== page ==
From the News Sentinel:
The Tennessee Fish and Wildlife Commission unanimously agreed Friday to allow limited hunting of the sandhill crane in Tennessee.
Members voted this morning on the second of two days of routine meetings, held at the Holiday Inn on Cedar Bluff Road in West Knoxville.
The vote was not unexpected.
The 14-member commission, responsible for setting Tennessee’s game limits and hunting seasons, was asked to rule on a proposal to stage the hunt beginning in November.
This is the second time in three years that the issue of hunting sandhill cranes has come before commissioners. The Tennessee Wildlife Resources Agency argued for the hunt in 2011, but the proposal raised such an outcry that the vote was tabled to gather more information.
In the early 1990s, a recovering population of sandhills began stopping at the Hiwassee Wildlife Refuge in Meigs County to rest and feed on their way to and from their wintering grounds in Florida. Today, an average of 23,000 sandhills stay at the refuge all winter.
Biologists estimate the eastern population of sandhills at 87,000. The U.S. Fish and Wildlife Service says the population has increased to the point where it can sustain limited hunting.
Fifteen states, including Kentucky, allow sandhill crane hunting.
Tennessee’s hunt would be Nov. 28-Jan. 1, with the state issuing three-permit packets to 400 hunters who would be selected by lottery. The refuge would be off-limits to hunting, and hunters would be required to pass a test proving they can differentiate between sandhills and federally endangered whooping cranes that share the same eastern flyway.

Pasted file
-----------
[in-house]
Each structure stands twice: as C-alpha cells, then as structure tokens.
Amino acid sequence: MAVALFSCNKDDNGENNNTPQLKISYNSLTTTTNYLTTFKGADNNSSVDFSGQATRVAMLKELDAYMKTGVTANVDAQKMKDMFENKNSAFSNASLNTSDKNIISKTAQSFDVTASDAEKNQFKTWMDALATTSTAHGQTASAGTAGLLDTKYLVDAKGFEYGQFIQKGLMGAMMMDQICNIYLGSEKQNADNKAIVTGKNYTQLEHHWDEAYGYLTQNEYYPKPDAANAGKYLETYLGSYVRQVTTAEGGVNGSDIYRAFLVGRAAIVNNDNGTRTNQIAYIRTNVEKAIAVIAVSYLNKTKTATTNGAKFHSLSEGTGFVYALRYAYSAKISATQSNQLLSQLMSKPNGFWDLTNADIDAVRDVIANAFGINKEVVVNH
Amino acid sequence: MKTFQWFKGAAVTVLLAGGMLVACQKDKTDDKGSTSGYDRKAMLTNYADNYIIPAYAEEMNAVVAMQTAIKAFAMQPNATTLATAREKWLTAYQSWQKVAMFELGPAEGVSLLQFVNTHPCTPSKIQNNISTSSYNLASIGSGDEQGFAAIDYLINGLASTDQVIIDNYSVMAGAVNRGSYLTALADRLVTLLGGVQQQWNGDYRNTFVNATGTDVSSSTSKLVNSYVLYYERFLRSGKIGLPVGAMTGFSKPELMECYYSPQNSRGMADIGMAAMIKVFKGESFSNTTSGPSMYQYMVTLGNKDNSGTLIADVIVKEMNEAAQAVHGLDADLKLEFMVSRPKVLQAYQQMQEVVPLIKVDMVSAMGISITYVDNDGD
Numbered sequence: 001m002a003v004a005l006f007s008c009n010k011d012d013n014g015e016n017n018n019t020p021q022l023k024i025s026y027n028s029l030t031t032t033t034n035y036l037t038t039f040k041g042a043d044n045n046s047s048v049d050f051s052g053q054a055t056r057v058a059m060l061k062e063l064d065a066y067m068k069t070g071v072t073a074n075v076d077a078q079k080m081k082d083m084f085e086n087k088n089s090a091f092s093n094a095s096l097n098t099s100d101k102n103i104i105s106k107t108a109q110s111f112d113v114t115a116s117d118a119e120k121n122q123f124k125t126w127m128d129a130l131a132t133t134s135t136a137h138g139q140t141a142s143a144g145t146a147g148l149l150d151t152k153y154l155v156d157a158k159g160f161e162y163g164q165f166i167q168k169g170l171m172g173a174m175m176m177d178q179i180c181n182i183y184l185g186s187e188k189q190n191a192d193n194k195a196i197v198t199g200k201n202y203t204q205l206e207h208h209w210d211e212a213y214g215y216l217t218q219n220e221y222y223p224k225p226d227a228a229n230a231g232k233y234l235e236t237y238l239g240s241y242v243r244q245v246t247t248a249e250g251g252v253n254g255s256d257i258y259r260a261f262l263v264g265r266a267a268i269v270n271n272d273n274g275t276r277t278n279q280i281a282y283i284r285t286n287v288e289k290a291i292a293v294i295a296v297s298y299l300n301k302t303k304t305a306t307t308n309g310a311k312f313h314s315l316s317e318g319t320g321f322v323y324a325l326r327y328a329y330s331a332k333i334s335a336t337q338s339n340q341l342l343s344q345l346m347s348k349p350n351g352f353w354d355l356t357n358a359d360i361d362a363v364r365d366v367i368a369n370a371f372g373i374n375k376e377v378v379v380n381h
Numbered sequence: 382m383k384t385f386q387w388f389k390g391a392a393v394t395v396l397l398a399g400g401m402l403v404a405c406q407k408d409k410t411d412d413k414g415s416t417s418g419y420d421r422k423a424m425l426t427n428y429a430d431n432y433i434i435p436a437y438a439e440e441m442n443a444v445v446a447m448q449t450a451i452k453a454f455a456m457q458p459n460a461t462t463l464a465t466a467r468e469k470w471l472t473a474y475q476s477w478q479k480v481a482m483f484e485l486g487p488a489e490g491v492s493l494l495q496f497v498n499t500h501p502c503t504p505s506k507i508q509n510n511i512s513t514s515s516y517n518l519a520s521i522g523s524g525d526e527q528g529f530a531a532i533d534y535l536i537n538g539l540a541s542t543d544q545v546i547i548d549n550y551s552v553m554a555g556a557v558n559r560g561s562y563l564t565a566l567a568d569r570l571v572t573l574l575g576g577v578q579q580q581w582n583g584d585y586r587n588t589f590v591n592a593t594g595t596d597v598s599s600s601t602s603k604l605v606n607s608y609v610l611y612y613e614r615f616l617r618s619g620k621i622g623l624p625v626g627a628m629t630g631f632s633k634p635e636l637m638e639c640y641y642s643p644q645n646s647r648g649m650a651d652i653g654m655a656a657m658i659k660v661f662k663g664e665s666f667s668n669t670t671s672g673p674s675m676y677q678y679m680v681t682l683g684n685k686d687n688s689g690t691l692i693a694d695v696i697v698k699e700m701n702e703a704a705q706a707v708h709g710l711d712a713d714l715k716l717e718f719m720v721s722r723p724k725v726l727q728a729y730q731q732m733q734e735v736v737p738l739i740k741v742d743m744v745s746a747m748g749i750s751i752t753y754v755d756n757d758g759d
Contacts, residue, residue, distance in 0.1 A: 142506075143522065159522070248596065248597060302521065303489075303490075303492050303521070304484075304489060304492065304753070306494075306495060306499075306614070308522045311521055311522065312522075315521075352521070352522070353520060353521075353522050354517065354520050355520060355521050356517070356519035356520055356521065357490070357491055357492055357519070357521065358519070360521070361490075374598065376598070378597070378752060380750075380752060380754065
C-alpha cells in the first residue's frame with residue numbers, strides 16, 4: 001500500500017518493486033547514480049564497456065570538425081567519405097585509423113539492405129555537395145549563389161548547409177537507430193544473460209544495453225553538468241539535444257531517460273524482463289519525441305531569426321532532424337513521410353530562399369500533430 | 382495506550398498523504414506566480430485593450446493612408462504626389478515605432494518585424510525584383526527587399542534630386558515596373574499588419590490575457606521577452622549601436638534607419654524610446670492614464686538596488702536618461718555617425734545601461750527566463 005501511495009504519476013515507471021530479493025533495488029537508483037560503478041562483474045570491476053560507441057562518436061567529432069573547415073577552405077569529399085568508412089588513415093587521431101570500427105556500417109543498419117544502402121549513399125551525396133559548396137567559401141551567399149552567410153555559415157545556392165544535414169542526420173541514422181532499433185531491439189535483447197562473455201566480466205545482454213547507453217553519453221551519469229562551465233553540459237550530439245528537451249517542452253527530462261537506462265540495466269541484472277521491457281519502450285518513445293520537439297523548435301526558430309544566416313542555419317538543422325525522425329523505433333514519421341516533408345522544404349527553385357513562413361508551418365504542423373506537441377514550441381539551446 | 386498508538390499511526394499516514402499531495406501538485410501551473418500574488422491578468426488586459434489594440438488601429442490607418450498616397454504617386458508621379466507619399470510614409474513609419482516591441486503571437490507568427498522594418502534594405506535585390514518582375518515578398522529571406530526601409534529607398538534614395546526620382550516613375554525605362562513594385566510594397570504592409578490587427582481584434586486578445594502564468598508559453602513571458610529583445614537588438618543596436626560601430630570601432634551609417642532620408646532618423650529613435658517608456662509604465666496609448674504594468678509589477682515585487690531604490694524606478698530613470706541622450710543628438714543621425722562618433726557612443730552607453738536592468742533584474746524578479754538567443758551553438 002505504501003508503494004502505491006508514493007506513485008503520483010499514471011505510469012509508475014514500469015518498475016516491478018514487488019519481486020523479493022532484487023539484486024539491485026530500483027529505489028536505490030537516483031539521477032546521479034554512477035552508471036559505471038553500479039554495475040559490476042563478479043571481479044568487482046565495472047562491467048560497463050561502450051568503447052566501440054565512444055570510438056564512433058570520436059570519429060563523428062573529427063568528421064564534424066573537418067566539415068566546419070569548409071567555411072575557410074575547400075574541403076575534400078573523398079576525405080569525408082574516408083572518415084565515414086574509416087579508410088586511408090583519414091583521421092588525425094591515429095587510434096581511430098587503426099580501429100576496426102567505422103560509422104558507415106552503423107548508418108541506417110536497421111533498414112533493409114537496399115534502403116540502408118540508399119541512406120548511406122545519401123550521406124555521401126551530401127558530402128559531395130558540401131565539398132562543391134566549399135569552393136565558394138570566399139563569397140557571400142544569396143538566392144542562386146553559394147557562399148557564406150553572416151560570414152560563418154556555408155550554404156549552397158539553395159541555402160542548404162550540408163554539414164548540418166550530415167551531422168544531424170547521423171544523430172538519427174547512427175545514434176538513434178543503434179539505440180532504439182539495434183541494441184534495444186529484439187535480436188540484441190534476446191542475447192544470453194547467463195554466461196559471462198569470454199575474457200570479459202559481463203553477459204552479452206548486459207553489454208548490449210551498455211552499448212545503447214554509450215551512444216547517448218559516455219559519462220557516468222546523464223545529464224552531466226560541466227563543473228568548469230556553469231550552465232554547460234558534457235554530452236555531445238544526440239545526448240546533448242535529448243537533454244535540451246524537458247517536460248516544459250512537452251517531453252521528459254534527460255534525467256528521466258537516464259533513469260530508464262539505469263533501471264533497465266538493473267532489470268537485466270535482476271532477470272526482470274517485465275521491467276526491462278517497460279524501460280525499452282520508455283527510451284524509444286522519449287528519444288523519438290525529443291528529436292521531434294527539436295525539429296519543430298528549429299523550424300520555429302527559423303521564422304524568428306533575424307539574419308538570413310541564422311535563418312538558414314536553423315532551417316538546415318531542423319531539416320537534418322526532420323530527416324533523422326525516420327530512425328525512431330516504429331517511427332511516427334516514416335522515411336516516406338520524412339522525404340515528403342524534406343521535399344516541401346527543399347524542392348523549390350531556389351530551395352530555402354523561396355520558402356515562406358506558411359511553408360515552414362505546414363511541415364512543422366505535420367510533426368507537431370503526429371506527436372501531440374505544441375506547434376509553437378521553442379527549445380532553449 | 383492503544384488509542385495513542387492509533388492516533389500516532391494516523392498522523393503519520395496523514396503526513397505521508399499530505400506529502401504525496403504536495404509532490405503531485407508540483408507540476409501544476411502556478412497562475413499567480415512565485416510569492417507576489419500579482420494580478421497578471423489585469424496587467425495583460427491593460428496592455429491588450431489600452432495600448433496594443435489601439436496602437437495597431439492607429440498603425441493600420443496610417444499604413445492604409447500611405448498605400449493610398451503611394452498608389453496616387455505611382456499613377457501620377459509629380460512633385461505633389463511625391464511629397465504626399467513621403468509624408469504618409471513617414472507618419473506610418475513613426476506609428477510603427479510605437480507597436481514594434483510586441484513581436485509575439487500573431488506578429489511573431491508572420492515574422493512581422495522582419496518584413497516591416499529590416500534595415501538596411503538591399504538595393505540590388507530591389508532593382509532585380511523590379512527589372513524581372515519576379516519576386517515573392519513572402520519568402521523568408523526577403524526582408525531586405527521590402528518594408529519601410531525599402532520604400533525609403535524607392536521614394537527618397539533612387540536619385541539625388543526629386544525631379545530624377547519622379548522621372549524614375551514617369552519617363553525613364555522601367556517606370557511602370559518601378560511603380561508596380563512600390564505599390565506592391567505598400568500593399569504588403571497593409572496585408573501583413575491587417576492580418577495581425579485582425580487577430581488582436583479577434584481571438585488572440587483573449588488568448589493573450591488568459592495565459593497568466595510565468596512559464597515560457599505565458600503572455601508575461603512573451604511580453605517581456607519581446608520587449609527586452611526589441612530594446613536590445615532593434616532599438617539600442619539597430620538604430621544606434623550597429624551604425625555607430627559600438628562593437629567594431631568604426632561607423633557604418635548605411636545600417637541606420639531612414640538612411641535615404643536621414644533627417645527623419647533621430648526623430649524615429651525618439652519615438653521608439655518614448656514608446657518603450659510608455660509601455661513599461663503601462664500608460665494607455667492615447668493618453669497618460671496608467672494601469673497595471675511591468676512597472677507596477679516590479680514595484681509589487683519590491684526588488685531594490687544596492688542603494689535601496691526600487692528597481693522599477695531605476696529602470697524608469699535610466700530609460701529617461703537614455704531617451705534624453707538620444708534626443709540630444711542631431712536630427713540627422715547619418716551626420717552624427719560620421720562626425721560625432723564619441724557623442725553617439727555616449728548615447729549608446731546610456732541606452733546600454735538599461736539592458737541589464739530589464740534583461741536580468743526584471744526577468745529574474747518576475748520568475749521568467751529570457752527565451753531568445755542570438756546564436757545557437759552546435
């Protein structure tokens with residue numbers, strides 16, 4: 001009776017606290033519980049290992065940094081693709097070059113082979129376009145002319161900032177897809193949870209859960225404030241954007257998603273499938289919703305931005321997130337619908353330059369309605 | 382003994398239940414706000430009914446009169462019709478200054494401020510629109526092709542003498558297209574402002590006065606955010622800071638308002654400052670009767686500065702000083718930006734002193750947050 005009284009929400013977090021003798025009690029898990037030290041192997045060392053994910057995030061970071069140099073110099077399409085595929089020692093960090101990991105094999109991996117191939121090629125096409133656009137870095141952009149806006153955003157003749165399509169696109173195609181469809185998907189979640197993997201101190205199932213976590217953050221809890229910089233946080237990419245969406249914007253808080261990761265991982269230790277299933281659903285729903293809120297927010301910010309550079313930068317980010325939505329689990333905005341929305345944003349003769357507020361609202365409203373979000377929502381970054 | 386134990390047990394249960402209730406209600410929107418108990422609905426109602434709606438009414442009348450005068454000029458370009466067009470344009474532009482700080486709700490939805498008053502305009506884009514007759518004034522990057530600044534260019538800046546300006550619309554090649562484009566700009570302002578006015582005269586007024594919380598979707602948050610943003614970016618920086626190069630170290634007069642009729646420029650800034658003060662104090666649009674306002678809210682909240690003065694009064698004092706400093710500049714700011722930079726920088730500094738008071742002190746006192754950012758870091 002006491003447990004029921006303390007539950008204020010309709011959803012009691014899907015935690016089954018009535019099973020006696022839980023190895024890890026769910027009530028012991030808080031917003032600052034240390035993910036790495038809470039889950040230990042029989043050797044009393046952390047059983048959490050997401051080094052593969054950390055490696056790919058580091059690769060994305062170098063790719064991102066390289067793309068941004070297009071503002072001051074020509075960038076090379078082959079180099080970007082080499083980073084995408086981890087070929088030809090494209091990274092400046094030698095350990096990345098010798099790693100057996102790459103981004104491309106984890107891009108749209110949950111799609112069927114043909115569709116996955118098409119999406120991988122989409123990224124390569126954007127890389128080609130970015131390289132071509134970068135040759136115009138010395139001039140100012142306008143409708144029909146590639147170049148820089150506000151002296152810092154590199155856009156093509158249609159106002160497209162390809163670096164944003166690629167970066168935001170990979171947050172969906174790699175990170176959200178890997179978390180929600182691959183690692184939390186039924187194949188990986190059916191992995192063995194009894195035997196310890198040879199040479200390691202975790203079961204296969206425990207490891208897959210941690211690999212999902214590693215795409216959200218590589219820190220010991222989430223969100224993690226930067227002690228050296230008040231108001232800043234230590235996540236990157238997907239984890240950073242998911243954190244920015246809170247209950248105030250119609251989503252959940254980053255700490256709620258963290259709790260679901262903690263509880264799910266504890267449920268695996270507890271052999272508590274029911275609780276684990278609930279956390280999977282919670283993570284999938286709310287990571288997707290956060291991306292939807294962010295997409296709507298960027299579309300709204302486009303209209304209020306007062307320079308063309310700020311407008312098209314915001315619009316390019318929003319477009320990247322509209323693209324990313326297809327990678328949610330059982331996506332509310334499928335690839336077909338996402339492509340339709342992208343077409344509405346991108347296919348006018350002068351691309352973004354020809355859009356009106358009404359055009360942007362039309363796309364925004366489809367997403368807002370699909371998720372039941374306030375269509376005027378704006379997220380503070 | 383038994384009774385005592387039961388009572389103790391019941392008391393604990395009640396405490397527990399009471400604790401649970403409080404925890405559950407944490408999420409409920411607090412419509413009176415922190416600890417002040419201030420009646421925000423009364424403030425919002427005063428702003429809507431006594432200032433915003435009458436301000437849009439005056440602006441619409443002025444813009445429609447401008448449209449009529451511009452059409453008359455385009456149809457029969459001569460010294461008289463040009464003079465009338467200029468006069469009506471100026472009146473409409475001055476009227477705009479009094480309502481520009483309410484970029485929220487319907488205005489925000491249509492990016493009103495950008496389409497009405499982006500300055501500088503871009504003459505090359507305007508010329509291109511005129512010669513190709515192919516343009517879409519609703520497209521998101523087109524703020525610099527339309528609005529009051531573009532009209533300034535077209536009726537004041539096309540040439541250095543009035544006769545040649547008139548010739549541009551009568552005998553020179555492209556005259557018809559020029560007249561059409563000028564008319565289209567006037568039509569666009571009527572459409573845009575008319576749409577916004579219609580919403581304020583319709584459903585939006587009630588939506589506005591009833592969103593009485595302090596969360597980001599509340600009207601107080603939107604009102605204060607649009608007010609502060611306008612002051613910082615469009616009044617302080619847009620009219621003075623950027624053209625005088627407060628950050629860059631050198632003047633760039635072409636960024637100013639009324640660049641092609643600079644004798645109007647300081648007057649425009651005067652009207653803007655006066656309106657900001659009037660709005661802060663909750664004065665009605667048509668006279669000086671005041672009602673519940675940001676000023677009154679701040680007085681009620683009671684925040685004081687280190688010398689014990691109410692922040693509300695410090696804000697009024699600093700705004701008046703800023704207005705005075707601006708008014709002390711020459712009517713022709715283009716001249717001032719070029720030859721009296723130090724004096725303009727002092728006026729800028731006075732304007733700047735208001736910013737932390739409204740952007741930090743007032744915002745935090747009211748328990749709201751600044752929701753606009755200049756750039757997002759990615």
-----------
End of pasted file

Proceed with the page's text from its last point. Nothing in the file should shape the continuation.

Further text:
The Tennessee Fish and Wildlife Commission — for the second time in three years — is considering a sandhill crane hunting season.
Further from The Tennessean report If the commission approves the hunting plan at its August meeting, Tennessee would become the 16th state to allow crane hunting. The commission delayed a decision in January 2011.
The central question in the current debate is not whether the sandhill crane population can sustain a level of hunting — biologists on both sides of the issue agree it can — but whether a hunt is the right thing to do given how they attract bird watchers to the state.
Organized hunting groups, led by the Tennessee Wildlife Federation, support a sandhill crane season. But the plan has raised concerns among birders, and the Tennessee Ornithological Society says the cranes are too valuable a resource to hunt.
“What we want to see is the opportunity to hunt the cranes but do it in a wise and sustainable fashion and in a way that recognizes and helps promote the viewing opportunities as well,” Mike Butler, the federation’s CEO, told the commission in late June.